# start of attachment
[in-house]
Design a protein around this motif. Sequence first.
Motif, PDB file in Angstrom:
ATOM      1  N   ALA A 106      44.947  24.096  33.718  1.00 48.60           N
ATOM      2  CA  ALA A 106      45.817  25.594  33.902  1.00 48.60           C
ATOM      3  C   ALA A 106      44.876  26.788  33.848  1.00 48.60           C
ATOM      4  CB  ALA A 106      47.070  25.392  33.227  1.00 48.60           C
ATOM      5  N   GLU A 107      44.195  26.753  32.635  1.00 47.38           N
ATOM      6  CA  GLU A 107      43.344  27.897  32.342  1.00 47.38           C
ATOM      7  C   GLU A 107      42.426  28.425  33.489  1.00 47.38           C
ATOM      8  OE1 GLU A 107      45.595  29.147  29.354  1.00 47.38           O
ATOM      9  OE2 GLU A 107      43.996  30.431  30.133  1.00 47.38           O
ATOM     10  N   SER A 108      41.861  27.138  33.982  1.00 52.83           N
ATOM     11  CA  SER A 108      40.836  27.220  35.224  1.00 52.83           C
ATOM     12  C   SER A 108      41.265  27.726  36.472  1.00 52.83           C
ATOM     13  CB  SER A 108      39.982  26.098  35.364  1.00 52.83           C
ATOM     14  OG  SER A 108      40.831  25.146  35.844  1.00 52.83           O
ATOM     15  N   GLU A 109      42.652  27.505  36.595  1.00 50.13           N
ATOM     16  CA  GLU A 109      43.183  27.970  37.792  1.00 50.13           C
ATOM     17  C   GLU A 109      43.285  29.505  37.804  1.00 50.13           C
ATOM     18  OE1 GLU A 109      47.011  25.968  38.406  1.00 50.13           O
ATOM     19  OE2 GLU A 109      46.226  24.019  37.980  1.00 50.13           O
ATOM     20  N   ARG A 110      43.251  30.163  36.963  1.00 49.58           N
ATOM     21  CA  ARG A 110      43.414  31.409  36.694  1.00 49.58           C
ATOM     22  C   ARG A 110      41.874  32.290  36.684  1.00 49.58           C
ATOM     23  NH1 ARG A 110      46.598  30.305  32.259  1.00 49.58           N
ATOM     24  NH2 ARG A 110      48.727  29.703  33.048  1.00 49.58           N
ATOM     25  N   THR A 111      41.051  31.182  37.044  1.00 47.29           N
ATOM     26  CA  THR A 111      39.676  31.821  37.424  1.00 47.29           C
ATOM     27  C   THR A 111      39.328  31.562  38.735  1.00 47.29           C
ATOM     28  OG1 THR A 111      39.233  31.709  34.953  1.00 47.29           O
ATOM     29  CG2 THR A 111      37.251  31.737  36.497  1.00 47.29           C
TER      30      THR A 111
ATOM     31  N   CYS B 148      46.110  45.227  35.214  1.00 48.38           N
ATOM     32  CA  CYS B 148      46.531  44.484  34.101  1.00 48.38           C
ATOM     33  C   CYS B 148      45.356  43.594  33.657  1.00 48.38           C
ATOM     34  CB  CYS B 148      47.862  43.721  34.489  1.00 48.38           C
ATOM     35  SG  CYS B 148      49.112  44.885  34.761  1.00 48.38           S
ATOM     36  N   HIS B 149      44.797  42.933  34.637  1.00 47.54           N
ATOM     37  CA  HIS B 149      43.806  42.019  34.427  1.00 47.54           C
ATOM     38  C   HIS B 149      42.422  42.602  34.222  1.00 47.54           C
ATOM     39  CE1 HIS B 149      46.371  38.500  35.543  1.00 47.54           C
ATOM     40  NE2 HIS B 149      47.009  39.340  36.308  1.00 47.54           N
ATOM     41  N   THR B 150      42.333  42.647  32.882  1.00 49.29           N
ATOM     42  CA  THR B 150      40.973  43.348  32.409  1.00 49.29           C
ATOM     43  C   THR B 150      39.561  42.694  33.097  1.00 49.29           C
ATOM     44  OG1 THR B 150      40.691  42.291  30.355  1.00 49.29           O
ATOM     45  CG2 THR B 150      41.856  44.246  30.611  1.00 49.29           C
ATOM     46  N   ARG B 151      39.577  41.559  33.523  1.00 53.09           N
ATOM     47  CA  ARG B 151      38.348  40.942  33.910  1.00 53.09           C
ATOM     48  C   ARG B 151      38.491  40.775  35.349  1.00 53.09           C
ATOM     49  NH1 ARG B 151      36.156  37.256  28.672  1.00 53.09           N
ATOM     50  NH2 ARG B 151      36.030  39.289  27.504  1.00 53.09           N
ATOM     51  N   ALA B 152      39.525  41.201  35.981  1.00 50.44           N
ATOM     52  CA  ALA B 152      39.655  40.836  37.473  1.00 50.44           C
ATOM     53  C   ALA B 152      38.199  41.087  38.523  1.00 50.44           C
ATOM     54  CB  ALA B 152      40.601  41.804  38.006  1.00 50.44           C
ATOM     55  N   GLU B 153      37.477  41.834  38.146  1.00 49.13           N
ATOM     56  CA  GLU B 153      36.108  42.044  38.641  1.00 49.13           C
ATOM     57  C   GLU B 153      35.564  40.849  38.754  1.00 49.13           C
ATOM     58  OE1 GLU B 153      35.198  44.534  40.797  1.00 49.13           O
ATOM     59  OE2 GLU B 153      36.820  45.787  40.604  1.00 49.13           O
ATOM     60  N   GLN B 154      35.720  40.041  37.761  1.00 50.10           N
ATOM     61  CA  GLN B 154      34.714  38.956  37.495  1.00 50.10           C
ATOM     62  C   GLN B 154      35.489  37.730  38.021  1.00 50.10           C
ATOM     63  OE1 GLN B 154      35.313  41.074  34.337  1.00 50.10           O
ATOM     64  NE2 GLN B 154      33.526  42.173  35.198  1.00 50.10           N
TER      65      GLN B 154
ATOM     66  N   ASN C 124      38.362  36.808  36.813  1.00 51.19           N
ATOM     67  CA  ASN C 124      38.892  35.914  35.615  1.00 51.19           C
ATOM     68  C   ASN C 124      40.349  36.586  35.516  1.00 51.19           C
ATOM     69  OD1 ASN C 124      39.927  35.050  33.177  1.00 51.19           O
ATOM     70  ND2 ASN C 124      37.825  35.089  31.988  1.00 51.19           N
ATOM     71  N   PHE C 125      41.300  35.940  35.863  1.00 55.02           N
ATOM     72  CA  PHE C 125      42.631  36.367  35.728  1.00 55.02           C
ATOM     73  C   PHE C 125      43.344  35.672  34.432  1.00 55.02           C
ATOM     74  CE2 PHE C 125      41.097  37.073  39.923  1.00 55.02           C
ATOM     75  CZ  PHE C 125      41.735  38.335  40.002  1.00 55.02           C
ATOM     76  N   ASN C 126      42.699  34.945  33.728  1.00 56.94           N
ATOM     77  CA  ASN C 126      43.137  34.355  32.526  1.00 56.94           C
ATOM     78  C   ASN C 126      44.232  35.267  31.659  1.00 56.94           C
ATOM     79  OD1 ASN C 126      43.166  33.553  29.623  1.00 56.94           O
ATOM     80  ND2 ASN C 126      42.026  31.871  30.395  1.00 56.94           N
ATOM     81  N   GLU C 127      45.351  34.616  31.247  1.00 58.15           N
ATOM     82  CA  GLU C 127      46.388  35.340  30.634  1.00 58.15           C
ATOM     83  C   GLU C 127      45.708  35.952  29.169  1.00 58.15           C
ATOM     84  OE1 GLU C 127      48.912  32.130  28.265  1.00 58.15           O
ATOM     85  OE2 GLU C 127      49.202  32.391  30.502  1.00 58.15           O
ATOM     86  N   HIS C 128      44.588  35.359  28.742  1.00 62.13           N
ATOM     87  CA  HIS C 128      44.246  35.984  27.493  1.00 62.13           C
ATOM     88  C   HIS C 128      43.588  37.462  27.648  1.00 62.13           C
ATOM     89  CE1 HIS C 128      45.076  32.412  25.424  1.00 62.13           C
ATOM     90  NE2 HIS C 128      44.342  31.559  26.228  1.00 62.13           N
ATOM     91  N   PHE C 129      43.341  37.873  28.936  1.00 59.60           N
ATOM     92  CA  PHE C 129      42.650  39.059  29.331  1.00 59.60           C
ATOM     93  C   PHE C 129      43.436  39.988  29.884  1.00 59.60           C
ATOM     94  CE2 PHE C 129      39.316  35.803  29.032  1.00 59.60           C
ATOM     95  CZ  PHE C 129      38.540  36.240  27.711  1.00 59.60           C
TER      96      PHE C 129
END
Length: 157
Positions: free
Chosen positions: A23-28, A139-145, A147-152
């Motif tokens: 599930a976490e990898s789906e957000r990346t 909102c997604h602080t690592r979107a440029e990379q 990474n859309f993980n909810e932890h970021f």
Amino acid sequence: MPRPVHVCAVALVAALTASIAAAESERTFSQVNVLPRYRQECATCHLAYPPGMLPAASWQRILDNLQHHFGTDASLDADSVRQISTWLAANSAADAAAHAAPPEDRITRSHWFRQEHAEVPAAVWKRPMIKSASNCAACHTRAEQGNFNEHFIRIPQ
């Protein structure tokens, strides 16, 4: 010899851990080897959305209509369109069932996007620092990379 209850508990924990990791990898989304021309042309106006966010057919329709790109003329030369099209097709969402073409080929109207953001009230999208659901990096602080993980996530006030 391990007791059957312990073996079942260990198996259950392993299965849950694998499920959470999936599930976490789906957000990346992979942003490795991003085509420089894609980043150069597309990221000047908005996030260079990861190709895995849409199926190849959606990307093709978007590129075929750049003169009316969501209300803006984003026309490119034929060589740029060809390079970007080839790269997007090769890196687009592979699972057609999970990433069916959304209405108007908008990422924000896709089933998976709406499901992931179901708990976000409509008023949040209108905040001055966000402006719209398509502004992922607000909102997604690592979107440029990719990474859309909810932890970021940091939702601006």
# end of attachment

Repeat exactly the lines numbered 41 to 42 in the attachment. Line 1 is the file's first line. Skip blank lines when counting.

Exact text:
ATOM     38  C   HIS B 149      42.422  42.602  34.222  1.00 47.54           C
ATOM     39  CE1 HIS B 149      46.371  38.500  35.543  1.00 47.54           C